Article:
View Full Version : Scientists Find 'Garbage Patch' In Pacific

08-28-2009, 07:48 AM
Scientists recently returned from an expedition into the "Great Pacific Ocean Garbage Patch."

The Scripps Environmental Accumulation of Plastic Expedition (SEAPLEX) crew got a close up view of the plastic debris floating in a remote region of the Pacific Ocean.

The researchers left San Diego on August 2 to visit the garbage patch, located 1,000 miles off California’s coast.

Samples of the garbage were taken for analysis.

Little has been known about the size of the "garbage patch" and its threats to marine life until the team returned from their expedition on August 21.

The research team was led by a group of Scripps Institution of Oceanography (SIO) graduate students and was funded by the University of California Ship Funds, the National Science Foundation (NSF) and Project Kaisei.

"SEAPLEX was an important education experience for the graduate students, and contributed to a better understanding of an important problem in the oceans," said Linda Goad, of the National Science Foundation. "We hope that SEAPLEX will result in increased awareness of a growing issue."

Researchers used tow nets to collect debris at various depths during their 24-hour sampling periods.

"We targeted the highest plastic-containing areas so we could begin to understand the scope of the problem," said Miriam Goldstein of SIO, chief scientist on the expedition.

"We also studied everything from phytoplankton to zooplankton to small mid-water fish."

According to the team, plastic was abundant in the region, and could easily be spotted against the deep blue water.

At one point, researchers encountered a large net filled with plastic and various marine organisms.

A number of organisms were found to be caught in some of the debris, including large barnacles, the predatory pearleye fish, and the lanternfish.

Researchers were taken aback by the amount garbage they encountered.

"Finding so much plastic there was shocking," said Goldstein. "How could there be this much plastic floating in a random patch of ocean--a thousand miles from land?"


This has been written about before, but this is a recent study.

08-28-2009, 08:48 AM
Do you know I read cabbage patch there? Of to the eyedr now :o

08-29-2009, 03:14 PM
"The Scripps team hopes the samples they gathered during the trip nail down answers to questions of the trash's environmental impact. Does eating plastic poison plankton? Is the ecosystem in trouble when new sea creatures hitchhike on the side of a water bottle? Plastics have entangled birds and turned up in the bellies of fish, and one paper cited by the National Oceanic and Atmospheric Administration estimates 100,000 marine mammals die trash-related deaths each year. The scientists hope their data gives clues as to the density and extent of marine debris, especially since the Great Pacific Garbage Patch may have company in the Southern Hemisphere, where scientists say the gyre is four times bigger. 'We're afraid at what we're going to find in the South Gyre, but we've got to go there,' said Tony Haymet, director of the Scripps Institution."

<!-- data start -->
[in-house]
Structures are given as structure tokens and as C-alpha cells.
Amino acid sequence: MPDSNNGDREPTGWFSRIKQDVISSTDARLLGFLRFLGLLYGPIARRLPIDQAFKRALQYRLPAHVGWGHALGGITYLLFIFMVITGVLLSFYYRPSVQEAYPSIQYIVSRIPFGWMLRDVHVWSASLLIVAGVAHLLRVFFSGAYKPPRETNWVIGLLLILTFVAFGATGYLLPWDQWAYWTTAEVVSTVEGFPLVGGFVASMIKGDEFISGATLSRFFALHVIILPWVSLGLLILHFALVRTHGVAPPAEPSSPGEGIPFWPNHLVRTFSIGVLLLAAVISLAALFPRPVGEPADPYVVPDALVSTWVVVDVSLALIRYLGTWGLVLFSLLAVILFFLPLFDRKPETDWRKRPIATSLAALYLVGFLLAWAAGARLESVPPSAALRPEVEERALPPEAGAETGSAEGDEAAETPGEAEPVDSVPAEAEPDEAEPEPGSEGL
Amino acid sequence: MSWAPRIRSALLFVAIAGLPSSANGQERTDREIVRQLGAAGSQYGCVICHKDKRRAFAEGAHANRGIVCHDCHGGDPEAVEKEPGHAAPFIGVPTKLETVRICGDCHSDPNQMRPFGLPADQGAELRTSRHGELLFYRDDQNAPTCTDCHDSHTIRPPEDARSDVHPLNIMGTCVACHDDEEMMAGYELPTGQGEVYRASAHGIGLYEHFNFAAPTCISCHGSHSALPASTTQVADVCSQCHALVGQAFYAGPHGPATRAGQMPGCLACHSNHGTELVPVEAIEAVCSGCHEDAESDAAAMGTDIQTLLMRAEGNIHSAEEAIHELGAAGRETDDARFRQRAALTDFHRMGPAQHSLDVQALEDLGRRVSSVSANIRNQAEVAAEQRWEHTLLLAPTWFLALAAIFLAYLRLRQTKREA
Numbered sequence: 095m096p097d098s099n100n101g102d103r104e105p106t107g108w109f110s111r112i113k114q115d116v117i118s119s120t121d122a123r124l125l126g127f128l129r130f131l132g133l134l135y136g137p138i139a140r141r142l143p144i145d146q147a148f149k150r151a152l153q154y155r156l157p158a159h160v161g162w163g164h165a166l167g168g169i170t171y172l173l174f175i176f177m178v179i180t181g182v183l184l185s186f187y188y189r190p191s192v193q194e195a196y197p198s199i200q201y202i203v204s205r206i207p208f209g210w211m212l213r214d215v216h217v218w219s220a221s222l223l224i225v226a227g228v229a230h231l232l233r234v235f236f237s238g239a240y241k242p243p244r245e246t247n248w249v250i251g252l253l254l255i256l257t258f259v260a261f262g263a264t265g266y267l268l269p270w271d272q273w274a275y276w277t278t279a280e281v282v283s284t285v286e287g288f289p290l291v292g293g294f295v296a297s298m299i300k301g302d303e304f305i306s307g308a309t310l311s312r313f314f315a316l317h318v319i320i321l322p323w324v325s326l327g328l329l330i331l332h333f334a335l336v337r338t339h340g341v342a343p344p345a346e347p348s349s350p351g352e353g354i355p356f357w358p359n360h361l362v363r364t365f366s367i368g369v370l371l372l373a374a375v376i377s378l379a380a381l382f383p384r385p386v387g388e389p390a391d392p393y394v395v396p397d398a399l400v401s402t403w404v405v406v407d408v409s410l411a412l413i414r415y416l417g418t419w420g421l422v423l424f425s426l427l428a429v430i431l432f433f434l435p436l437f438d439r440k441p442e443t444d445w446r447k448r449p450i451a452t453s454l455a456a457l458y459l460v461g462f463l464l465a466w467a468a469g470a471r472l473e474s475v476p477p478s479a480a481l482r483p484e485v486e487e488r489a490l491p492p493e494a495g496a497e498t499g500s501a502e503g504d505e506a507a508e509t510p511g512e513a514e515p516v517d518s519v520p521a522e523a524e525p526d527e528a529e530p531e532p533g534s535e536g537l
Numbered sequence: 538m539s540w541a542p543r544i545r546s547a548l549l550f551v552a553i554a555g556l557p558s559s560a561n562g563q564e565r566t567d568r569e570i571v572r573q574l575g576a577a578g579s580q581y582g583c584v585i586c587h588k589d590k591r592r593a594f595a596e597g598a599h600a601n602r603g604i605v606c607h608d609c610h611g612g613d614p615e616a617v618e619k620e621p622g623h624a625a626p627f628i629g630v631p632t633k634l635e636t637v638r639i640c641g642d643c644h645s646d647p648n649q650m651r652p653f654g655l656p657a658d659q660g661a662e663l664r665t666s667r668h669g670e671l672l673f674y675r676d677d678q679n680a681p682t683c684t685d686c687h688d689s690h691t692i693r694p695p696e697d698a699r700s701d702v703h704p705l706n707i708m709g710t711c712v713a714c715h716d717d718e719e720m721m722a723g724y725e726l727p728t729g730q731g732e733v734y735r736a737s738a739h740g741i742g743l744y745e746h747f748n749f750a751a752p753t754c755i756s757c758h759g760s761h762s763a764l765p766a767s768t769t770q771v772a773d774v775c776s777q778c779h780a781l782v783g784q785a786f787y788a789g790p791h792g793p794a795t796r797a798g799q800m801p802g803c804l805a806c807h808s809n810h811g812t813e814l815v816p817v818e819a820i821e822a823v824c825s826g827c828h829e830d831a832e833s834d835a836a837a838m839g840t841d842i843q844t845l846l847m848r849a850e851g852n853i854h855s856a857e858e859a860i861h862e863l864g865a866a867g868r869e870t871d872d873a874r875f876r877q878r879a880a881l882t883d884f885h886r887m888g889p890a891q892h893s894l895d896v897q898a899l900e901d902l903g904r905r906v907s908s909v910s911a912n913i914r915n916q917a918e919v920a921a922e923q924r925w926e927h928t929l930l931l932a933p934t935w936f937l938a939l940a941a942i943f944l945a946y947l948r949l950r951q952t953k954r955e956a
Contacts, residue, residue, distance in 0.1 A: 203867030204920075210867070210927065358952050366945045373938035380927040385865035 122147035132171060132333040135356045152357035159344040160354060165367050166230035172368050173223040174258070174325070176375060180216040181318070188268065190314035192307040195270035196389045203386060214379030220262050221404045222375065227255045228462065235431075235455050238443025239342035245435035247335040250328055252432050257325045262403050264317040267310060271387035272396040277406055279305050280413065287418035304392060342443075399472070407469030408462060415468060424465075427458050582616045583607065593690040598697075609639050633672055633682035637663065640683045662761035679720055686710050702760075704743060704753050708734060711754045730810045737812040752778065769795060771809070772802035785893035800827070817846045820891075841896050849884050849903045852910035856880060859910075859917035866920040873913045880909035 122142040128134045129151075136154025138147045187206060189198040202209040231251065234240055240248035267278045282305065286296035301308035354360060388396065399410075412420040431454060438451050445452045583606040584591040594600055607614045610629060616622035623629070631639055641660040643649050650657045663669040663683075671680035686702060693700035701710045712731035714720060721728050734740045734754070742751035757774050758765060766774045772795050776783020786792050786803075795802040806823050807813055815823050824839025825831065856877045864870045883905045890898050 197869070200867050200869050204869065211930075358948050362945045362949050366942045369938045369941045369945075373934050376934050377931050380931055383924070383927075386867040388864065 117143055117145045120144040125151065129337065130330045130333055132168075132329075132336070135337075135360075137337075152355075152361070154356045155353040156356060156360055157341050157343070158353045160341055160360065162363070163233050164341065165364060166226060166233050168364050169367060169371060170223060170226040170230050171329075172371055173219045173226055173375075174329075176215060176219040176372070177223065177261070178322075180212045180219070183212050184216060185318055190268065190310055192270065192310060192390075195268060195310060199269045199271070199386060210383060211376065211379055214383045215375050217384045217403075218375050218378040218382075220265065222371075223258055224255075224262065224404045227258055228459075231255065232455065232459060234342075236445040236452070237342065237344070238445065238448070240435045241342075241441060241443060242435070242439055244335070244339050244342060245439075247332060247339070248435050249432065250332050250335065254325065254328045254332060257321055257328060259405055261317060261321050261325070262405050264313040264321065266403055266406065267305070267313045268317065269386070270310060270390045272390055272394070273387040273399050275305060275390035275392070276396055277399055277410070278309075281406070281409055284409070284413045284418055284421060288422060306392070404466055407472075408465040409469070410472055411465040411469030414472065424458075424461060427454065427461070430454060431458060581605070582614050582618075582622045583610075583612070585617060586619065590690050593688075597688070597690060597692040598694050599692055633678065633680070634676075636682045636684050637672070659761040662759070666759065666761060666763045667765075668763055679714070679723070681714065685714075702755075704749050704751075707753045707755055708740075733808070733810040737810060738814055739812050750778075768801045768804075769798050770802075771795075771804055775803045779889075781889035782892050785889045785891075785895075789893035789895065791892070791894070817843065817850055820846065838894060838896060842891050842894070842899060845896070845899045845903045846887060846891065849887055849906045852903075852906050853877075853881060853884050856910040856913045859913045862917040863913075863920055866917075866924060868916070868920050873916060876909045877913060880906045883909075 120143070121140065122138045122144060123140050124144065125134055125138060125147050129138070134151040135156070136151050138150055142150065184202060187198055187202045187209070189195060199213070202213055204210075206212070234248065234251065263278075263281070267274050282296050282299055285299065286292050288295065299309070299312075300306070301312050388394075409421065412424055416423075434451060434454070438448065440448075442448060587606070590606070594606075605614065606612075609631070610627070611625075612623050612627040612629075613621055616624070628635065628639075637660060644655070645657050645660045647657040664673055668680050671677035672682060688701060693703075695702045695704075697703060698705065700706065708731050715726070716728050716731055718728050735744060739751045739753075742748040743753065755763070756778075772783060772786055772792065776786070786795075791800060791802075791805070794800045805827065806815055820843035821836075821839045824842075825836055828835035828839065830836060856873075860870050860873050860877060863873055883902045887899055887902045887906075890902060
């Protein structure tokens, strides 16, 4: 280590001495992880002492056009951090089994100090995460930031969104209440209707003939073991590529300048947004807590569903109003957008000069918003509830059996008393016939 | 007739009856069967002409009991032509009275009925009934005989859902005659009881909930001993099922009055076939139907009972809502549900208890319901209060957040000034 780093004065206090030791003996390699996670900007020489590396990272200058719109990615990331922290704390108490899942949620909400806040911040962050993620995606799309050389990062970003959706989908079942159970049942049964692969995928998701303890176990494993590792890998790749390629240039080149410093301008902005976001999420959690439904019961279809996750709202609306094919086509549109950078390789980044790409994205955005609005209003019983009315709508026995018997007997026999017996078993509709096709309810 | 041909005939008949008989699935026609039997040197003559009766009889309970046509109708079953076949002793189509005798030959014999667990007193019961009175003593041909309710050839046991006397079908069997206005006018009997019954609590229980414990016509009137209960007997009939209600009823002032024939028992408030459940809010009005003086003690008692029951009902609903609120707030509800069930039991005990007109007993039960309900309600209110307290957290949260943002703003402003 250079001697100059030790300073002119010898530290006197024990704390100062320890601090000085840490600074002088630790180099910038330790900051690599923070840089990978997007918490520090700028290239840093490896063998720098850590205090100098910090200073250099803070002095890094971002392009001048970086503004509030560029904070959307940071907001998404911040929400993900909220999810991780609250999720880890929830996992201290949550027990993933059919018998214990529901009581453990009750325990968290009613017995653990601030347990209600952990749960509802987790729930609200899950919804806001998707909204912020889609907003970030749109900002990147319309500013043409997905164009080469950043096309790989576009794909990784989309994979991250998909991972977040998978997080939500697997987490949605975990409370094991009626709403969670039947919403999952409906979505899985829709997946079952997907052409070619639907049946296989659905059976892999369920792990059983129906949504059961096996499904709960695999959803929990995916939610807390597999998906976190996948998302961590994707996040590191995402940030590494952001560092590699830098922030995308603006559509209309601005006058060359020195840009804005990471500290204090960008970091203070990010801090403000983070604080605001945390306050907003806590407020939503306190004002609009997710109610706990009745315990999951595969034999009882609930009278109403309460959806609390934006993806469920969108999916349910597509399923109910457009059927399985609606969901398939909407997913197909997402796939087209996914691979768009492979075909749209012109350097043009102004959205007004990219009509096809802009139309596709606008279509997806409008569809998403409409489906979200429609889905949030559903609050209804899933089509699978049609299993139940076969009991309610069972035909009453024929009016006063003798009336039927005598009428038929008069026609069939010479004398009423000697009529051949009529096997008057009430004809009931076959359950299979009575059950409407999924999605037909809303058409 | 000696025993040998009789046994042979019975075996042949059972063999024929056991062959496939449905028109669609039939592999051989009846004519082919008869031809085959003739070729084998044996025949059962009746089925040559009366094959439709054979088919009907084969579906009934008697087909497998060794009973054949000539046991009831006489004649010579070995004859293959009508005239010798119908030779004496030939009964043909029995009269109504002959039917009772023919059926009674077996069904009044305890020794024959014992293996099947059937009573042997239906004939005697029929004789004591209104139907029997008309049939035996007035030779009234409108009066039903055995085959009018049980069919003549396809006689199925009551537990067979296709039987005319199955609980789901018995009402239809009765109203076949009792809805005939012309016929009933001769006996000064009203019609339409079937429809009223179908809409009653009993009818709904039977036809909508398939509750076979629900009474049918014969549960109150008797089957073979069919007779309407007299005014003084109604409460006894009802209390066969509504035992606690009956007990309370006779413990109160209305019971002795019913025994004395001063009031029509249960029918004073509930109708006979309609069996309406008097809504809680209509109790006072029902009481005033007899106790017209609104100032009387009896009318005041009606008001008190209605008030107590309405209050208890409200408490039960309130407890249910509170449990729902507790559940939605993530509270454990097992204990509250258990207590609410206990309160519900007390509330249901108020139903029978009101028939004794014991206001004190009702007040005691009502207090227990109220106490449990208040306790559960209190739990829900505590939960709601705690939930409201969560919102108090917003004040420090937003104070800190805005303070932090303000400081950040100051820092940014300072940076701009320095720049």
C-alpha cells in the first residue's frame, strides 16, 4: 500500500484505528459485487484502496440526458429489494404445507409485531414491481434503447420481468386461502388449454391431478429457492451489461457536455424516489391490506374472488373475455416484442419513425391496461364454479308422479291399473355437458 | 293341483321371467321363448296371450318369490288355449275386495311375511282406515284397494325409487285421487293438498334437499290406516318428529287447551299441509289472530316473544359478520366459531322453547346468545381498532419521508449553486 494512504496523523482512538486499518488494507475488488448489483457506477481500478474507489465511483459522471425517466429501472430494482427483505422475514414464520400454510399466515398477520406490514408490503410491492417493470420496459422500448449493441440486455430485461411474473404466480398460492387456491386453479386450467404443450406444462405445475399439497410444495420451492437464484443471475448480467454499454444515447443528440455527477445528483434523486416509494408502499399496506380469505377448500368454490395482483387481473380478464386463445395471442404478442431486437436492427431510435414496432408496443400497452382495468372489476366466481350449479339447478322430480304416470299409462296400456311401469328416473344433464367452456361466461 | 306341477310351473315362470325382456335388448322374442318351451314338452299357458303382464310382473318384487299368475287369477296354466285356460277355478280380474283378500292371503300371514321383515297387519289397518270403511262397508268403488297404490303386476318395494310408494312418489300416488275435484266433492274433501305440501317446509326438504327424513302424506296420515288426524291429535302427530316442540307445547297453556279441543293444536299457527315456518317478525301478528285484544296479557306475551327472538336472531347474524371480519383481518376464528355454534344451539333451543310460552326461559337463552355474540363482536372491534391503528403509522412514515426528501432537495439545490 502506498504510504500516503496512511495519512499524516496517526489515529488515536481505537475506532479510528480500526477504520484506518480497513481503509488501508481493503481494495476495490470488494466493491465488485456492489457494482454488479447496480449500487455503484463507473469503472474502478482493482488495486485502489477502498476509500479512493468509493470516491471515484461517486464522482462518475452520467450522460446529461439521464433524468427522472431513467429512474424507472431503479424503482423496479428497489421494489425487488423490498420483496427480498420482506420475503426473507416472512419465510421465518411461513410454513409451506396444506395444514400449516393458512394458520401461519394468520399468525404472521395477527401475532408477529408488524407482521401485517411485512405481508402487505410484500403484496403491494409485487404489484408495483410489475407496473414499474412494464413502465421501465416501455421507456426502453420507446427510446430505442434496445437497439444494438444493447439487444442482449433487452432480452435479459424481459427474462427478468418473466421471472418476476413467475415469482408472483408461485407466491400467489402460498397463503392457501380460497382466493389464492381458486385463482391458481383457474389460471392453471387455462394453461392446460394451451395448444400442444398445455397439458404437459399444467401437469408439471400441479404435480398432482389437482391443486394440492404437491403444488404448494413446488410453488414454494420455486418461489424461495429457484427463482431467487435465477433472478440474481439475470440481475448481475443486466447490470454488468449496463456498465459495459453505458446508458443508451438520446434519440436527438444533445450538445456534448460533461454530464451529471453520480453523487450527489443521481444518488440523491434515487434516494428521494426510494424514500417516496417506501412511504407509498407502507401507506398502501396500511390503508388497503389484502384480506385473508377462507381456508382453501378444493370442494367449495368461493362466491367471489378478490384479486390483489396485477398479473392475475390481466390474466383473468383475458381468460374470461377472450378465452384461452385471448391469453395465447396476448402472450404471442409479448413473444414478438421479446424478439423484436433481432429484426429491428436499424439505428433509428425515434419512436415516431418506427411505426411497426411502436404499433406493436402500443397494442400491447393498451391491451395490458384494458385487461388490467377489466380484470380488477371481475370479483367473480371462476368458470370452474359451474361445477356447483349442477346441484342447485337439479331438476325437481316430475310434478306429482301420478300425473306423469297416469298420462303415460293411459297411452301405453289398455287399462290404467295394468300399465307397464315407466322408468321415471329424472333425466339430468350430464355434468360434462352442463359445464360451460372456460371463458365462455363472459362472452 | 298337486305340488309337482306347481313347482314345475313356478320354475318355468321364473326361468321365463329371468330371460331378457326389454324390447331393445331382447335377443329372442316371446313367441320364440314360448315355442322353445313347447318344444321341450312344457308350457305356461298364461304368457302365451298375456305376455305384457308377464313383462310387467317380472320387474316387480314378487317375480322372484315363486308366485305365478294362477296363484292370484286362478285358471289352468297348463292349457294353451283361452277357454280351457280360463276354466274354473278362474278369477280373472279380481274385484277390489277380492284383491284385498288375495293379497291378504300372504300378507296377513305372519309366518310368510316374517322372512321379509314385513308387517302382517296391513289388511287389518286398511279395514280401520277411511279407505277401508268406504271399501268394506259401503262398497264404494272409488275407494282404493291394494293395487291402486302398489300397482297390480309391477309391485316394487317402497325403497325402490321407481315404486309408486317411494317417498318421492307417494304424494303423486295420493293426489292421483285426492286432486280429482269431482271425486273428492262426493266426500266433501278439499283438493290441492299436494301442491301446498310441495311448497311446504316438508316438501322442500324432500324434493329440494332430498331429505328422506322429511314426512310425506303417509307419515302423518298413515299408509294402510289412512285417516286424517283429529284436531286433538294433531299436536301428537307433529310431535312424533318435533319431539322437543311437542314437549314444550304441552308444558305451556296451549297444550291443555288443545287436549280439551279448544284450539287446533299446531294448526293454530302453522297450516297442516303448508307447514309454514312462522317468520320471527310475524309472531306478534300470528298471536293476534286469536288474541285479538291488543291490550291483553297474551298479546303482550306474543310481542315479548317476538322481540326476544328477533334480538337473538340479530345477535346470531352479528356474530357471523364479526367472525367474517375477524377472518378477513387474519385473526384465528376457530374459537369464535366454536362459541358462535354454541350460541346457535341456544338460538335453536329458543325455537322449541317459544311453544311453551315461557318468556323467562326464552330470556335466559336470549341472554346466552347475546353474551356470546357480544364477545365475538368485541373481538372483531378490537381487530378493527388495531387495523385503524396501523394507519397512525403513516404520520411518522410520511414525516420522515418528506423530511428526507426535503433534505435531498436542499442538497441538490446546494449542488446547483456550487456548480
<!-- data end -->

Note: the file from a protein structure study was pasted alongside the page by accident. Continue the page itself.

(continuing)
Full article here:

Auburn Boy
09-02-2009, 01:49 PM
If Humans can do this, then Anthropomorphic Global Warming must be within our capabilities..,


Yup everyone.., my typing fingers outran my brain..,

SHould be Anthropogenic.

09-02-2009, 02:51 PM
If Humans can do this, then Anthropomorphic Global Warming must be within our capabilities..,
What the heck are you talking about AB? Am I too slow today or what?:confused1:
Anthropomorphism (pronounced /ˌćnθrɵpəˈmɔrfɪzəm/) is the attribution of human characteristics to non-human creatures and beings, phenomena, material states and objects or abstract concepts. Examples include animals and plants depicted as creatures with human motivation able to reason and converse and forces of nature such as winds, rain or the sun. The term derives from the combination of the Greek ἄνθρωπος (ánthrōpos), "human" and μορφή (morphē), "shape" or "form".

It is strongly associated with art and storytelling where it has ancient roots. Most cultures possess a long-standing fable tradition with anthropomorphised animals as characters that can stand as commonly recognised types of human behaviour.

Anthropomorphic animals are often used as mascots for sports teams or sporting events, often represented by humans in costumes.


09-02-2009, 04:57 PM
Should be anthropogenic.

And that's abundantly clear by now. Take the ocean acidification combined with CO2's rising atmospheric concentration.

Our plastic collects in the middle of the ocean, all kind of waste & fertilizer runoff poison coastal waters and there's some serious overfishing all around.

We should take better care of our world.

Ought Six
09-03-2009, 01:59 AM
Is this a non sequiturs thread?